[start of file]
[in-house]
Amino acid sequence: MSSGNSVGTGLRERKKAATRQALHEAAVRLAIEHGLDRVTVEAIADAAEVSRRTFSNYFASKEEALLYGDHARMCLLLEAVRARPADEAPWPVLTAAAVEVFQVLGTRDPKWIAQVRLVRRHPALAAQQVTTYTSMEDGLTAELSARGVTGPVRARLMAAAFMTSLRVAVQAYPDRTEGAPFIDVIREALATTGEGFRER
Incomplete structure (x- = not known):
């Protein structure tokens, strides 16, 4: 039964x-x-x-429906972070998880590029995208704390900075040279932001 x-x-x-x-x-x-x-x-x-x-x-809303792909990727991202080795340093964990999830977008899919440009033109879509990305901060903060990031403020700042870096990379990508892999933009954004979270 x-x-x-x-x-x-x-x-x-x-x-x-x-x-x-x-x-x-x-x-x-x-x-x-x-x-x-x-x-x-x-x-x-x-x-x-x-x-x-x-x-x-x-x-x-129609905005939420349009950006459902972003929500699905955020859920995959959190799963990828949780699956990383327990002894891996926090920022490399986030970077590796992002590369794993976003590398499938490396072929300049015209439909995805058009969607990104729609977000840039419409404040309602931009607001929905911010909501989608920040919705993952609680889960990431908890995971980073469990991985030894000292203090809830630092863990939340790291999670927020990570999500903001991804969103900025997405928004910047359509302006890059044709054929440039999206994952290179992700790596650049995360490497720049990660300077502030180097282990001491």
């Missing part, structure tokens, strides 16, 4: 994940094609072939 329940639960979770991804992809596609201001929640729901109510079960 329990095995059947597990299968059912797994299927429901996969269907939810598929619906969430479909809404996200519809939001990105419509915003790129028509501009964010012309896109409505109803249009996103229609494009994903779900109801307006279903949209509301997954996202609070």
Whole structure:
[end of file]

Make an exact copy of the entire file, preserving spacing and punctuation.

[in-house]
Amino acid sequence: MSSGNSVGTGLRERKKAATRQALHEAAVRLAIEHGLDRVTVEAIADAAEVSRRTFSNYFASKEEALLYGDHARMCLLLEAVRARPADEAPWPVLTAAAVEVFQVLGTRDPKWIAQVRLVRRHPALAAQQVTTYTSMEDGLTAELSARGVTGPVRARLMAAAFMTSLRVAVQAYPDRTEGAPFIDVIREALATTGEGFRER
Incomplete structure (x- = not known):
């Protein structure tokens, strides 16, 4: 039964x-x-x-429906972070998880590029995208704390900075040279932001 x-x-x-x-x-x-x-x-x-x-x-809303792909990727991202080795340093964990999830977008899919440009033109879509990305901060903060990031403020700042870096990379990508892999933009954004979270 x-x-x-x-x-x-x-x-x-x-x-x-x-x-x-x-x-x-x-x-x-x-x-x-x-x-x-x-x-x-x-x-x-x-x-x-x-x-x-x-x-x-x-x-x-129609905005939420349009950006459902972003929500699905955020859920995959959190799963990828949780699956990383327990002894891996926090920022490399986030970077590796992002590369794993976003590398499938490396072929300049015209439909995805058009969607990104729609977000840039419409404040309602931009607001929905911010909501989608920040919705993952609680889960990431908890995971980073469990991985030894000292203090809830630092863990939340790291999670927020990570999500903001991804969103900025997405928004910047359509302006890059044709054929440039999206994952290179992700790596650049995360490497720049990660300077502030180097282990001491």
């Missing part, structure tokens, strides 16, 4: 994940094609072939 329940639960979770991804992809596609201001929640729901109510079960 329990095995059947597990299968059912797994299927429901996969269907939810598929619906969430479909809404996200519809939001990105419509915003790129028509501009964010012309896109409505109803249009996103229609494009994903779900109801307006279903949209509301997954996202609070």
Whole structure: